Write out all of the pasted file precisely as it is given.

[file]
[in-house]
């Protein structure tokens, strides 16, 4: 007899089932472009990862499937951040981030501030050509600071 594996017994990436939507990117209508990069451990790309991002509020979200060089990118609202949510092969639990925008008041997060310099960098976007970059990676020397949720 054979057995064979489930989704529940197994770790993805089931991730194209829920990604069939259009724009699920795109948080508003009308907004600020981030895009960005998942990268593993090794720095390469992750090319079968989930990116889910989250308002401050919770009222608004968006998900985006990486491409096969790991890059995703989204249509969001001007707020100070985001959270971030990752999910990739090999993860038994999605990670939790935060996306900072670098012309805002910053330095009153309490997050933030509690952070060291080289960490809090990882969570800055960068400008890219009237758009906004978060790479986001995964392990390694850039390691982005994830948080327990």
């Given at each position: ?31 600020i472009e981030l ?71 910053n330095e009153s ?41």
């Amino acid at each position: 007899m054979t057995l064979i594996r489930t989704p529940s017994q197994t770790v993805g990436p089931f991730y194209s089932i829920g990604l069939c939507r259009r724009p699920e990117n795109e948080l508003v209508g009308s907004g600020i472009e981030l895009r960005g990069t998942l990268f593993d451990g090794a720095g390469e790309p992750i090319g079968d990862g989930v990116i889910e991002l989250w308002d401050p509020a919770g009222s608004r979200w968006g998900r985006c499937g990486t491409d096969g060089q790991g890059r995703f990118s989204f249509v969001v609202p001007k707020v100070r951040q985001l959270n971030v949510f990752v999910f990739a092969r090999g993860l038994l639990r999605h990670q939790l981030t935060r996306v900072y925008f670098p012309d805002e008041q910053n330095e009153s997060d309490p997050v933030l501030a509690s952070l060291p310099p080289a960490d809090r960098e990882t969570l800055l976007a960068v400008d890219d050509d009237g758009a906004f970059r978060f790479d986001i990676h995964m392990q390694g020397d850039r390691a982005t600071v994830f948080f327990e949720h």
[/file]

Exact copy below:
[in-house]
């Protein structure tokens, strides 16, 4: 007899089932472009990862499937951040981030501030050509600071 594996017994990436939507990117209508990069451990790309991002509020979200060089990118609202949510092969639990925008008041997060310099960098976007970059990676020397949720 054979057995064979489930989704529940197994770790993805089931991730194209829920990604069939259009724009699920795109948080508003009308907004600020981030895009960005998942990268593993090794720095390469992750090319079968989930990116889910989250308002401050919770009222608004968006998900985006990486491409096969790991890059995703989204249509969001001007707020100070985001959270971030990752999910990739090999993860038994999605990670939790935060996306900072670098012309805002910053330095009153309490997050933030509690952070060291080289960490809090990882969570800055960068400008890219009237758009906004978060790479986001995964392990390694850039390691982005994830948080327990």
């Given at each position: ?31 600020i472009e981030l ?71 910053n330095e009153s ?41």
């Amino acid at each position: 007899m054979t057995l064979i594996r489930t989704p529940s017994q197994t770790v993805g990436p089931f991730y194209s089932i829920g990604l069939c939507r259009r724009p699920e990117n795109e948080l508003v209508g009308s907004g600020i472009e981030l895009r960005g990069t998942l990268f593993d451990g090794a720095g390469e790309p992750i090319g079968d990862g989930v990116i889910e991002l989250w308002d401050p509020a919770g009222s608004r979200w968006g998900r985006c499937g990486t491409d096969g060089q790991g890059r995703f990118s989204f249509v969001v609202p001007k707020v100070r951040q985001l959270n971030v949510f990752v999910f990739a092969r090999g993860l038994l639990r999605h990670q939790l981030t935060r996306v900072y925008f670098p012309d805002e008041q910053n330095e009153s997060d309490p997050v933030l501030a509690s952070l060291p310099p080289a960490d809090r960098e990882t969570l800055l976007a960068v400008d890219d050509d009237g758009a906004f970059r978060f790479d986001i990676h995964m392990q390694g020397d850039r390691a982005t600071v994830f948080f327990e949720h």